PsychBytes

A publication of the Washington Baltimore Center for Psychoanalysis

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Uncanny

Kerry L. Malawista, Ph.D.
Member, Washington Baltimore Center for Psychoanalysis
January 2018 | Volume 5 | Issue 1

I had awakened weary from a night of dreaming about Kimmy. In one she was running through a field, frantically searching. In another she was weeping, her dark wavy hair falling across her face, while I stood nearby, helpless to comfort her. This was the dream that roused me before my alarm.

Over breakfast, I told my husband my dreams and how they felt more like a visitation. Alan knew Kimmy well through my stories of growing up. She and I had imprinted on each other the way one’s earliest childhood friends do.

I was five when I saw the moving van pull up. A girl, who looked my age, climbed out of a car that had pulled in behind the van. I crossed the street to greet her and for seven years—a lifetime in childhood—we were inseparable.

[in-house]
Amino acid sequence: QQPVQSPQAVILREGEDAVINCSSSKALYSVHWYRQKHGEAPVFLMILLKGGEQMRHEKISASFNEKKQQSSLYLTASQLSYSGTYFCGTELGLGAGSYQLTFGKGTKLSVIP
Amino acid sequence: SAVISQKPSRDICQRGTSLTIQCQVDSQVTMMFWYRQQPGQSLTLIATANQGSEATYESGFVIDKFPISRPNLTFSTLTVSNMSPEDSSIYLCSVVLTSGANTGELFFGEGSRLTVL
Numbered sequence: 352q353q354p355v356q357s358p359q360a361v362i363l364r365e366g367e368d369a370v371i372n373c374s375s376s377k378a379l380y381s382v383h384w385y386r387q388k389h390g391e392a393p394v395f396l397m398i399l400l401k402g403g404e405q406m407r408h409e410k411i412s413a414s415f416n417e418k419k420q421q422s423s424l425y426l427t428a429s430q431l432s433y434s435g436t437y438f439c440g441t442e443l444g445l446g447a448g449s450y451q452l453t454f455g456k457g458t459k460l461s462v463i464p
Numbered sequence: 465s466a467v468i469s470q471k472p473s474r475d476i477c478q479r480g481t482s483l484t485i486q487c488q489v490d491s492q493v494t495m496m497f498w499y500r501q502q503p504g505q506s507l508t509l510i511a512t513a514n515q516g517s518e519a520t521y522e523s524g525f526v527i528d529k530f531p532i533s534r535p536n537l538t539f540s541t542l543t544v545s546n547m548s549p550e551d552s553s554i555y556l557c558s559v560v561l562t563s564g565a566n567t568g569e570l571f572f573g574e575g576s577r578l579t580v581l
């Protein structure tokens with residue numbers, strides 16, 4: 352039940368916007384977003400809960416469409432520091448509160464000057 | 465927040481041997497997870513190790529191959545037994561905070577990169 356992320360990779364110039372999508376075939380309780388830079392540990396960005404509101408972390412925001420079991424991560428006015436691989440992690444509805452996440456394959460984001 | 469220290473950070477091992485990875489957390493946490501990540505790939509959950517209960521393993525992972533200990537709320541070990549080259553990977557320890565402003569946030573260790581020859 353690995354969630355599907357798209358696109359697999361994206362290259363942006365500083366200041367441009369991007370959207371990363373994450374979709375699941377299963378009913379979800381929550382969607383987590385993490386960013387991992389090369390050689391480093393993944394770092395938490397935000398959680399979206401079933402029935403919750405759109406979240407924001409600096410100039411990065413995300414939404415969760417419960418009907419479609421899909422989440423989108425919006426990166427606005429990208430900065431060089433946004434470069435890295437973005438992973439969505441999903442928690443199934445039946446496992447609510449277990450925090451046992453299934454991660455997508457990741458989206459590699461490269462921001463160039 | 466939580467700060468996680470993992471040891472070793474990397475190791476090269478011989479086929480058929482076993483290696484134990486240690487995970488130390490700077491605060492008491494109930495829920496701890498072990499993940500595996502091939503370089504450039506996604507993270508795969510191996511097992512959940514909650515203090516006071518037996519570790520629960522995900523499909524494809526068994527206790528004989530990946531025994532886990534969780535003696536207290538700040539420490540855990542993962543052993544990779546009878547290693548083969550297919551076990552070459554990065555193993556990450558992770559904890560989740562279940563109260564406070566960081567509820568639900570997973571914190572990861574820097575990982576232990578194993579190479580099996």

Now, forty years later, Kimmy was, once again, in the forefront of my mind. Arriving home that night I said to Alan, “It’s so strange, I can’t stop thinking about Kimmy.”

Grabbing my laptop, I said, “I’m going to look her up.” Searching, I found a long ago wedding announcement, then Googled her married name.

There was the headline, “Teen Killed in Crash.” My heart clenched as I clicked on the link. The teen was Kimmy’s eighteen-year-old son. I sat in front of the screen, stunned. He had died the previous night in a car accident, at the exact same time as my dreams. The scientific part of me has always attributed uncanny moments to chance. But now I wondered, as did Freud, could there be levels of experience that are beyond our understanding?

Our friendship had been re-awakened in the moment of Kimmy’s most inconsolable grief; perhaps there are unexplainable bonds that link us to those we love, that transcend the physical world.

Perhaps there are still things in life that remain ineffable.

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